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    Yes, but again, that will give you the area of a semicircle. The full area is then just the twice of it.
    Try to plot it using whatever function plotter you want for a given value of ##a## and see if the curve can reach ##\pi a^2##.
     
  11. Mar 23, 2016 #10
    tiYdGoM.png

    Huh. You're right. I wonder what I did wrong.
     
  12. Mar 23, 2016 #11
    According to that site, its range is ##(-\frac{π}{4},\frac{π}{4})##, and its domain is ##(-1,1)##.

    So does this mean that my bottom-most calculation is also wrong?
     
  13. Mar 23, 2016 #12

    blue_leaf77

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    The range depends on the chosen value for ##a##.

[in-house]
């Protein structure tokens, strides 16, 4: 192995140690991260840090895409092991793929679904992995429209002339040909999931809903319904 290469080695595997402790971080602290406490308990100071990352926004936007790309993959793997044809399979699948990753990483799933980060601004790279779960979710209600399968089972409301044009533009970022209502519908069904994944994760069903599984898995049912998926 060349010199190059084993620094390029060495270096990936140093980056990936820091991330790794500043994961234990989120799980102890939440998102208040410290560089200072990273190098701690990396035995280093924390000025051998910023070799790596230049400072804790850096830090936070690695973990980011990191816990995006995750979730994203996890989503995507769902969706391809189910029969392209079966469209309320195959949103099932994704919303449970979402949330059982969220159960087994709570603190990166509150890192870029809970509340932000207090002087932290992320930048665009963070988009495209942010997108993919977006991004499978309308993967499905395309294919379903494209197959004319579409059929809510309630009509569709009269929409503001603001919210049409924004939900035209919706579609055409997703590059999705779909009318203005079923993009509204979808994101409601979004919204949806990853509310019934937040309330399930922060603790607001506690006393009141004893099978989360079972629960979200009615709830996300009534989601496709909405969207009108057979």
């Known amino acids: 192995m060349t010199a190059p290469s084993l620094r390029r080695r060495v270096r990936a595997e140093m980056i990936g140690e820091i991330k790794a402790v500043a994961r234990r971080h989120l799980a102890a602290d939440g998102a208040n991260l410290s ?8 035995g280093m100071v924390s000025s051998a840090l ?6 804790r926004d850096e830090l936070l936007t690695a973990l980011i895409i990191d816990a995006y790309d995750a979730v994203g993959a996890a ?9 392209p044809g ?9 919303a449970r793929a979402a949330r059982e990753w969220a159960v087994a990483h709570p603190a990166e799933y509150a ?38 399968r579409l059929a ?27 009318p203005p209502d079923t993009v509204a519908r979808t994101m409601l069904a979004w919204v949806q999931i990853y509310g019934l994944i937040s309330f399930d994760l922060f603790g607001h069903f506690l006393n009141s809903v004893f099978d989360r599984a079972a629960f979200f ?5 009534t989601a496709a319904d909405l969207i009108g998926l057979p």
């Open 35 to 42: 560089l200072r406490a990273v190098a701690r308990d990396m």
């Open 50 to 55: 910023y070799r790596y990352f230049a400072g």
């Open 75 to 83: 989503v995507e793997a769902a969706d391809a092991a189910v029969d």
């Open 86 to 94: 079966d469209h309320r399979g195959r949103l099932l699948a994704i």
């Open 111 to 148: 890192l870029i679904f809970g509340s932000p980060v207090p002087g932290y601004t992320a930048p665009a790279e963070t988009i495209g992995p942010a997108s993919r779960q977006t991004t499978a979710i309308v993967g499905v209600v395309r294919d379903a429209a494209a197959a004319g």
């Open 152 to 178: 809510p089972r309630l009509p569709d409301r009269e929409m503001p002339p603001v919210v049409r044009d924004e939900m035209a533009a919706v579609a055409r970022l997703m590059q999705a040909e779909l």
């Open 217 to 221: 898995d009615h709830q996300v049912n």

There, I see you define ##\arcsin (-1)=3\pi/2##, and the site defines ##\arcsin (-1)=-\pi/2##, it's just a matter of definition. But the point of your mistake is that you treat the area under a curve as an indefinite integral.
     
  14. Mar 23, 2016 #13
    Oh, now I see it. I went beyond the range of the arcsin function, which is why I got the area of a full circle... somehow. But if I put it within its proper range, would it not just be zero?

    And when I tried to equate the area of a circle, and the integral of a semicircle, it was only natural that I failed, because they're not the same.
     
  15. Mar 23, 2016 #14
    I originally wanted it as ##(-a,a)##. I see now that I neglected to switch it perhaps, with the previous definition: ##θ=arcsin(\frac{x}{a})##?
     
  16. Mar 23, 2016 #15
    Nobody post any hints; I think I got it.

    In the next post...
     
  17. Mar 23, 2016 #16

    blue_leaf77